Yoga teaches us to cure what need not be endured, and endure what cannot be cured. The brilliance of endurance.
I have discovered this to be true in my practice of yoga. I have taken part in yoga classes before where I would be in poses that would cause me to panic, to hyperventilate, to start to have a serious bout of PTSD, flare up the chronic anxiety I have suffered from for the past 16 years, and to fill me with dread. I would want to jump up and run out of the class, drive home, and just hide myself under my bedroom covers. But, I chose to endure, to remain! To stay strong, to overcome my demons, to stare the enemy in the face of adversity, and know that the Spirit within me is mighty to overcome.
In the deep recesses of the heart is where healing begins. Yoga is a journey of therapeutic work from the inside out. It teaches one how to heal from the dreadful thoughts of the mind, the pains of the heart, the demons that lurk from the past, the turmoil and burdens stored in the gut, and the anguish in the soul. This is where the work begins, this is where the freedom comes. Learning to face it all head on…….the pain, the demons, hurt, heartache, burdens, dreaded thoughts, anguish, and the fears.
Simply lying in Savasana, a reclined, relaxed position, on the back, on the mat, at the end of a yoga class. This is supposed to be a glorious pose where the body eventually rests free from thought, free from pain, free from suffering both mentally and physically. But, not so, for the being inside of me. There is a battle going on. There is past and there is present. There is a desire to live in the moment, to be fully present, living the now, clearing my mind of all distraction. And there is a painful desire/need to heal, to overcome to endure. Learning to allow all that is boiling inside of me to be acknowledged, the anguished voice to be heard, the wounds to be treated with a gentle touch.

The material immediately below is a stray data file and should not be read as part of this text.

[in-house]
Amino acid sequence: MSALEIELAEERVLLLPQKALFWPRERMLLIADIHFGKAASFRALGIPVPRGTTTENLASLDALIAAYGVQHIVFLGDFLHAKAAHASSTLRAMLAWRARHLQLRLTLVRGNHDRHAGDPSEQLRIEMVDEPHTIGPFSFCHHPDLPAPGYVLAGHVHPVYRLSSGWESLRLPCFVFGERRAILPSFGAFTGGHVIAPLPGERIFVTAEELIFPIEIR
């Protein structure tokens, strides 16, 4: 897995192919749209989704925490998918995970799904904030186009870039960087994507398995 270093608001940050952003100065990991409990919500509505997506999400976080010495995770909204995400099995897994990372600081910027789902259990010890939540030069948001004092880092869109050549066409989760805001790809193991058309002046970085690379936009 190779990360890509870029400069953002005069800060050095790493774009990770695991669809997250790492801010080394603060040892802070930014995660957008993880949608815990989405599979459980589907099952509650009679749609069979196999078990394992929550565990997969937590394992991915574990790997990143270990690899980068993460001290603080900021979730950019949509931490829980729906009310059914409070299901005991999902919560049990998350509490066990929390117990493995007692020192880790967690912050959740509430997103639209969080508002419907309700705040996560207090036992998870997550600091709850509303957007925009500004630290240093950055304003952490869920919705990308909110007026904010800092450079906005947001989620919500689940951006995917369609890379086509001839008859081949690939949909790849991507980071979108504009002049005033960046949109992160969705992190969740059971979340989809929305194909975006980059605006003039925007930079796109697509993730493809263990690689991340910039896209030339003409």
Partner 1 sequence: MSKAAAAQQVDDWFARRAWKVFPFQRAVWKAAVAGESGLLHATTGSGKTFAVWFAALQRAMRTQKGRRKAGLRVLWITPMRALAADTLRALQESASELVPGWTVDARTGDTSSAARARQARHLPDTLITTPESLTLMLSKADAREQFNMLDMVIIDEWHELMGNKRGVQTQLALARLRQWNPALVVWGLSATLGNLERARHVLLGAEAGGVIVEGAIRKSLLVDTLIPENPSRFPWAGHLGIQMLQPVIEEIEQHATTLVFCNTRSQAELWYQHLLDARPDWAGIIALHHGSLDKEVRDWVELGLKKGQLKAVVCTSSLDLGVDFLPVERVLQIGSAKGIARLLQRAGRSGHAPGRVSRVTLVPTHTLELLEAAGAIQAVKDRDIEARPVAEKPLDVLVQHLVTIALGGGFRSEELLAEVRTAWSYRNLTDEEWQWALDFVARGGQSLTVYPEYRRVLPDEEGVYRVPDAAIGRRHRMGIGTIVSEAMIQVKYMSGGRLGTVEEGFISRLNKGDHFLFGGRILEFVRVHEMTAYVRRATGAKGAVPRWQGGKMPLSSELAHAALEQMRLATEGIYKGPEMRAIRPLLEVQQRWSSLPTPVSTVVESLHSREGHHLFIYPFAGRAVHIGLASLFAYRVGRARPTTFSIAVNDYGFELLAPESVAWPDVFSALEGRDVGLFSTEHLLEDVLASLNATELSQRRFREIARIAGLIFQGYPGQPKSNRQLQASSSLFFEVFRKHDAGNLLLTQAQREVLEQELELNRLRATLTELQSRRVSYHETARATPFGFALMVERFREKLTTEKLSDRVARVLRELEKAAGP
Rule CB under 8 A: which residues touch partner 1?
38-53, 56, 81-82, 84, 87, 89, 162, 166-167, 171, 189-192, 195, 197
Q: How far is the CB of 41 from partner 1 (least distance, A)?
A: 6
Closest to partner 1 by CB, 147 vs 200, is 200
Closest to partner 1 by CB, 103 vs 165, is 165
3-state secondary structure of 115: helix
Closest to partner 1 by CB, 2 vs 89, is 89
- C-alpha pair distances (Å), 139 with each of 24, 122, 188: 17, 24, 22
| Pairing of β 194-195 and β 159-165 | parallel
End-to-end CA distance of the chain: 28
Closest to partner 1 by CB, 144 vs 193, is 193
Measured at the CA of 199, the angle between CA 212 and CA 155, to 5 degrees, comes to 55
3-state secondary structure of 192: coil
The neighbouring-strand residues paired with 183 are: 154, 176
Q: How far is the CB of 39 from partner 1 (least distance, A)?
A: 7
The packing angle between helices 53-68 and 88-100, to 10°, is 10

Thankfully, here lies the process of this healing work, the masterpiece, the grand finale, the clay in the hands of the Potter, all building to the actual climax at the end of a yoga class. The physical and mental body have been on a journey for the last hour or so of class. The practice brought to light areas that need endurance, that need tender love and care, areas that require a nurturing that only you can give to yourself, and that you must receive from yourself. The instructor has allowed time to rest in Savasana, and in this time, to reflect on all that was brought to the surface during the yoga practice. A time of restoration, rejuvenation, and examination.
In this precious time, the deep work of rejuvenation begins. Stopping life for a few moments to truly reflect. Allowing the mind, the body, the spirit, to begin to mend, from condemnation, judgments, failures, doubts, pity, anxious thoughts, past traumatic events, suicidal tendencies, depression, aggression, fears, inadequacy, guilt, severe despondency, despair, or even hopelessness. This my friend is the work, the incredible start on this journey of recovery!
For years my tunnel of life was only black, bleak, desolate, stark, cold, unpromising, and inauspicious. My life was full to the brim, to overflowing with depression, with anxiety, with fears, with traumatic events, with domestic violence. There have been many avenues I have taken on my road to recovery. Yoga is merely one of them, but also the most sustaining of them all. Yoga has been my climax to all the work along the way, through four years of counseling, physical and massage therapy, the glorious work of rewiring my muscle memory through acupuncture, and desperate enough to finally try an anti-depressant medication for a time, choosing to trust myself, and living blessed with a compassionate spouse and family. Yoga has been key to my Spiritual understanding, to learning to love myself wholly, boosting self-confidence again. Yoga has challenged me mentally, physically, emotionally, and has socially connected me with other like-minded individuals on a journey to better their lives as well.
Because of my yoga practice, my deeper understanding of God’s love for me, my love for life again; my tunnel is no longer in existence. What now remains in my vision? Wide open spaces, mountains of beauty to climb, river rapids to swim through, glorious sunshine on my face, a radiance of well-being, a love for all, a need to teach, to learn, to guide others on this healing path of yoga. To make known the power within oneself to overcome all odds, to empower others with the tools to desperately want to live fully redeemed from depression, anxiety, and PTSD.